This bill has been amended

Bill S2992A-2009

Expands the definition of podiatry to include conditions of the ankle and all soft tissue structures of the leg below the knee affecting the foot and ankle

Expands the definition of the practice of podiatry to include conditions of the ankle and all soft tissue structures of the leg below the knee anatomically affecting the foot and ankle; establishes podiatrists licensed prior to the effective date of this act need to be certified to operate on the ankle; provides for the conducting of office-based surgery by podiatrists; directs the department of health to study the feasibility of a podiatrist profiling program; authorizes the calling of a physician as an expert witness in a podiatric medical malpractice cause of action.

Details

Actions

  • May 28, 2010: ADVANCED TO THIRD READING
  • May 27, 2010: 2ND REPORT CAL.
  • May 26, 2010: 1ST REPORT CAL.656
  • Jan 6, 2010: REFERRED TO HIGHER EDUCATION
  • Dec 18, 2009: PRINT NUMBER 2992A
  • Dec 18, 2009: AMEND (T) AND RECOMMIT TO HIGHER EDUCATION
  • Mar 9, 2009: REFERRED TO HIGHER EDUCATION

Votes

VOTE: COMMITTEE VOTE: - Higher Education - May 26, 2010
Ayes (12): Stavisky, Oppenheimer, Schneiderman, Parker, Huntley, Foley, Onorato, Serrano, LaValle, Seward, Flanagan, Maziarz
Ayes W/R (4): Aubertine, Robach, Alesi, Griffo
Nays (2): Krueger, Hannon

Memo

 BILL NUMBER:  S2992A

TITLE OF BILL :

An act to amend the education law, the public health law and the civil practice law and rules, in relation to the practice of podiatry

PURPOSE OR GENERAL IDEA OF BILL :

The purpose of this bill is to expand the scope of the practice of podiatry in New York State. Expanding the scope of podiatric practice in New York will bring it more in line with the vast majority of other States in the country which already allow the scope of practice to include the treatment of the ankle and soft tissue areas associated with the ankle, in addition to structures of the foot.

SUMMARY OF PROVISIONS :

Section 1: Amends Education Law section 7001 to expand the scope of practice for podiatry to include, in addition to the treatment of the foot, conditions of the ankle, and all soft tissue structures related to the ankle that go up the leg to just below the knee cap. To limit the scope of practice, Podiatrists may perform surgical treatments of the ankle, but such treatment may not extend beyond the calf of the leg, unless it is related to the treatment of the ankle.

The bill revises Education Law section 7001(2) to update the law. First enacted in 1996 to allow newly licensed or certified podiatrists to prescribe narcotics related to their treatment of patients, this provision did not allow formerly licensed podiatrists to prescribe drugs until they had been certified. After 13 years, this phase-in period of time between old and new podiatrists is not needed and is therefore eliminated.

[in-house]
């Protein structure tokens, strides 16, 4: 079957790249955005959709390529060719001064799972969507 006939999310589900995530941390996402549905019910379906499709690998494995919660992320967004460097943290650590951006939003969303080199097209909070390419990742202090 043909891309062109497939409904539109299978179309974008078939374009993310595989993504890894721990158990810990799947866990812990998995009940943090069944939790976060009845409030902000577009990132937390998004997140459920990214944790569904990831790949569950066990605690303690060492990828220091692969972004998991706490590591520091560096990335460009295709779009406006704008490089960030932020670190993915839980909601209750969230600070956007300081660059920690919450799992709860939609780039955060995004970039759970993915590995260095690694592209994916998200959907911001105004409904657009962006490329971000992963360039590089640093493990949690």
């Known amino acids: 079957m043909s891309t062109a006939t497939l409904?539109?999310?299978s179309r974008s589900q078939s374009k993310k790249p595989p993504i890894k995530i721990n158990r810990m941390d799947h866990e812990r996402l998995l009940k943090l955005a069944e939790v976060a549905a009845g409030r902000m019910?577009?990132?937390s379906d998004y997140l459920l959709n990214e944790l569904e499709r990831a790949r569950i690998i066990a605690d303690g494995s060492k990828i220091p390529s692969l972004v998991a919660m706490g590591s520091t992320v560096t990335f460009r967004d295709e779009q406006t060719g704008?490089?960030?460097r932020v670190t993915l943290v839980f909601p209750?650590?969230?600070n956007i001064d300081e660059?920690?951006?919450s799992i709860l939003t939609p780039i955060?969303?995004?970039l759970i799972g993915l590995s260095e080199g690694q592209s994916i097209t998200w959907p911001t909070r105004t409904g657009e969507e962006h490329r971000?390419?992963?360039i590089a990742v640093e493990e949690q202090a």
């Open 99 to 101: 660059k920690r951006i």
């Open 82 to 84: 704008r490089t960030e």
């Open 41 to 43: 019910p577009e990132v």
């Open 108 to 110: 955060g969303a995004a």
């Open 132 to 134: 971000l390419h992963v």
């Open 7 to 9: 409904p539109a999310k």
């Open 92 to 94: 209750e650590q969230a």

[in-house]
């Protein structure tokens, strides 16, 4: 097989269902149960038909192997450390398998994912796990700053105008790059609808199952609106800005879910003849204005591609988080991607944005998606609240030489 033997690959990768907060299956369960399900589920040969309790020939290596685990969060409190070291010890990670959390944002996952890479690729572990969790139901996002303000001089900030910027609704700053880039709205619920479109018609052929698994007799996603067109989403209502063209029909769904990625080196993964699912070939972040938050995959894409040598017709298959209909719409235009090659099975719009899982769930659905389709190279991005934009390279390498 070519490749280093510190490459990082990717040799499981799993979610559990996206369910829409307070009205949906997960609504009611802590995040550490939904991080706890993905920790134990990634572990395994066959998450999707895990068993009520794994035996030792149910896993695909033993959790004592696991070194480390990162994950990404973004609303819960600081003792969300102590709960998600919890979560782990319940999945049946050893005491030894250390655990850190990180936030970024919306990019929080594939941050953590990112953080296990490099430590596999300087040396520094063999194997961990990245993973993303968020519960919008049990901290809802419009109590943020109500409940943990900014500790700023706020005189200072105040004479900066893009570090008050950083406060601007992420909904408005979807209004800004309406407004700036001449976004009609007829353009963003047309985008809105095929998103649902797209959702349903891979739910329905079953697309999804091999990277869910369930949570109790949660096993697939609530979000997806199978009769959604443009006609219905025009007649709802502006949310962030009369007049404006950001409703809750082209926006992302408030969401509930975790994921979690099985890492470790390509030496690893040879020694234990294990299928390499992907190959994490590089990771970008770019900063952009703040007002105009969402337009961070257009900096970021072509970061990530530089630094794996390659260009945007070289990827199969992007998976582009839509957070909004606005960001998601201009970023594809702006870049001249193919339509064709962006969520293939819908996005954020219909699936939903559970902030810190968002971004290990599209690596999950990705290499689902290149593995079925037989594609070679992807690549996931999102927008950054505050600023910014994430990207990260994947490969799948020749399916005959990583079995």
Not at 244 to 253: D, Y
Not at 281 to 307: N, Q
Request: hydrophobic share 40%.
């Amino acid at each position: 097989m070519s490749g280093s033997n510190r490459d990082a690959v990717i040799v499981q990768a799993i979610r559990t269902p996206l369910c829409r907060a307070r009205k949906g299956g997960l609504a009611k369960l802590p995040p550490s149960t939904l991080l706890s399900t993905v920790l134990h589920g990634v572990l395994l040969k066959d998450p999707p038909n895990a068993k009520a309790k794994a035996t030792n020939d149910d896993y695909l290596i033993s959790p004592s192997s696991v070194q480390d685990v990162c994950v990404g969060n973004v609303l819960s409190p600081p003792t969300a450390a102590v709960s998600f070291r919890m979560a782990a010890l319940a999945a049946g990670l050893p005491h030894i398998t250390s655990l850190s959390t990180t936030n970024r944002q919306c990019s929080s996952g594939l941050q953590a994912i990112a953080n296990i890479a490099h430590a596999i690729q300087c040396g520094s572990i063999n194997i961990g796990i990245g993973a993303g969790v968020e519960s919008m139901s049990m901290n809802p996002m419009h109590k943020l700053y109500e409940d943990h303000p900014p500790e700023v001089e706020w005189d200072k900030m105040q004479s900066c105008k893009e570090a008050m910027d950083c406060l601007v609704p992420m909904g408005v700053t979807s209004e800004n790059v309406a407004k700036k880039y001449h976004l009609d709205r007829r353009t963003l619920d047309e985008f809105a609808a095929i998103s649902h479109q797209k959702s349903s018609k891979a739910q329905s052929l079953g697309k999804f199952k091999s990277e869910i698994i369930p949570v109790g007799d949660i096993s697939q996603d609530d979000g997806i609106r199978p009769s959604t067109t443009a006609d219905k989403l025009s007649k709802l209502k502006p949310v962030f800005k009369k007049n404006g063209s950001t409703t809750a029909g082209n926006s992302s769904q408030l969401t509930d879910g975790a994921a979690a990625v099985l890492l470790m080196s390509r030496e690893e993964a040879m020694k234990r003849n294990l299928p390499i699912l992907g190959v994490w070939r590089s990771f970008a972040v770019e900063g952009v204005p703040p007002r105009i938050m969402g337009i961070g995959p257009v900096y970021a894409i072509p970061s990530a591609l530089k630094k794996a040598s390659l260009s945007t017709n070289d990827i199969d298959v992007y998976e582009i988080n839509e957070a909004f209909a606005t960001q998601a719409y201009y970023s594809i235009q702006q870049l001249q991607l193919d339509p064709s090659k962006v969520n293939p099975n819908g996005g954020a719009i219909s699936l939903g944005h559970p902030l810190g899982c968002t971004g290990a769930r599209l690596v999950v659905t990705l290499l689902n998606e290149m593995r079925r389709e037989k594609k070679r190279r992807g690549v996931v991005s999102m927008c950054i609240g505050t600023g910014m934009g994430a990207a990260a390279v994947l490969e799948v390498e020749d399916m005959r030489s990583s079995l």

This bill section also adds a new subsection (3) to apply the expanded scope of practice related to ankle surgery (1) to only newly licensed podiatrists and (2) to currently licensed podiatrists who have completed a course of study and are deemed competent by the State Education Department to practice the new expanded scope of practice. The bill also authorizes all podiatrists to treat soft tissue structures related to the ankle. All podiatric schools in this country, including the New York College of Podiatric Medicine, teach the expanded New York scope of practice (as provided for under this bill). In fact, by enacting this bill, New York will join at least 38 other states that now allow Podiatrists to treat areas above the foot to include the ankle, and sometimes up to the knee cap.

Amends Public Health Law section 230-d (1) to include podiatrists of professions (Physicians, Physician Assistants, and Specialists who are subject to the rules regarding office based surgery.

Section 3: Amends public Health Law section 2995-d to request the Department of Health, in cooperation with the Education Department, to study health care practitioner data related to podiatrists and determine if the provisions related to physician profiling should be extended to podiatrists so that the public has additional information on the quality of care provided by individual podiatrists.

Section 4: Amends the civil practice Laws and Rules section 3101 to allow a physician to be called as an expert witness in a podiatric medical malpractice action.

JUSTIFICATION :

New York State, is the home of one of the largest Colleges of podiatric Medicine in the country. Further, there are only eight other such colleges in the country. However, New York has one of the most restrictive scope of podiatric practice statutes in the nation being one of only twelve States that limit the scope of podiatric medicine to the foot. The other states being, Alabama, Indiana, Kansas, Kentucky, Louisiana, Massachusetts, Mississippi, South Carolina, South Dakota, Texas, and Washington.

The NYS Education Department has certified the New York College of podiatric Medicine to offer degrees in the proposed expanded scope of podiatric medicine (foot, ankle, and leg). This means that students who earn degrees from this in-state college, can relocate to the other 38 states that authorize the practice of podiatric care which includes not only the foot, but also the ankle, and soft tissues related to the ankle up to the knee cap.